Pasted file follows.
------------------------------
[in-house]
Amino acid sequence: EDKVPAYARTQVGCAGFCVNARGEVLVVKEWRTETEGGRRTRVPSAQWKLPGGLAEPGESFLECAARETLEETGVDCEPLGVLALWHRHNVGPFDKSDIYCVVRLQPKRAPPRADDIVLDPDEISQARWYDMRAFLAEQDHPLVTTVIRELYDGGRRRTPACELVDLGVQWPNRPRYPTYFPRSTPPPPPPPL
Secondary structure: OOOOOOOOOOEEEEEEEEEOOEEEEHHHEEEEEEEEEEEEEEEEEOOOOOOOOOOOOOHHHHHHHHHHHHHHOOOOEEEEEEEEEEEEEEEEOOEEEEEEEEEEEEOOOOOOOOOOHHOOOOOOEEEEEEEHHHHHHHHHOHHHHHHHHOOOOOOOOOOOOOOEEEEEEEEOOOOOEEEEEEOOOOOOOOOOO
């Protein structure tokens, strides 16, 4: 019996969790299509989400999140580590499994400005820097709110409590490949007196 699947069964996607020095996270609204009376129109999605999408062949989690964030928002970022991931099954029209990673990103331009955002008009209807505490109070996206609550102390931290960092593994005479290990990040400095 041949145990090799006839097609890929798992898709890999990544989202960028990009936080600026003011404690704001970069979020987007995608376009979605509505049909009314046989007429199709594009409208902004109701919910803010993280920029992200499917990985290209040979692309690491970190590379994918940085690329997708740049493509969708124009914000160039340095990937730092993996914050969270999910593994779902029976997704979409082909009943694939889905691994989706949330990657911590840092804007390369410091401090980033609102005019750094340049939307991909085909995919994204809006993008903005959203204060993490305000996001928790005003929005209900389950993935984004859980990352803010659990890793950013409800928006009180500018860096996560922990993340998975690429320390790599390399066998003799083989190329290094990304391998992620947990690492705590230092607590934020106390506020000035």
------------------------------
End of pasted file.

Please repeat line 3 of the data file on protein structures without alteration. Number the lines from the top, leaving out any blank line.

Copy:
Secondary structure: OOOOOOOOOOEEEEEEEEEOOEEEEHHHEEEEEEEEEEEEEEEEEOOOOOOOOOOOOOHHHHHHHHHHHHHHOOOOEEEEEEEEEEEEEEEEOOEEEEEEEEEEEEOOOOOOOOOOHHOOOOOOEEEEEEEHHHHHHHHHOHHHHHHHHOOOOOOOOOOOOOOEEEEEEEEOOOOOEEEEEEOOOOOOOOOOO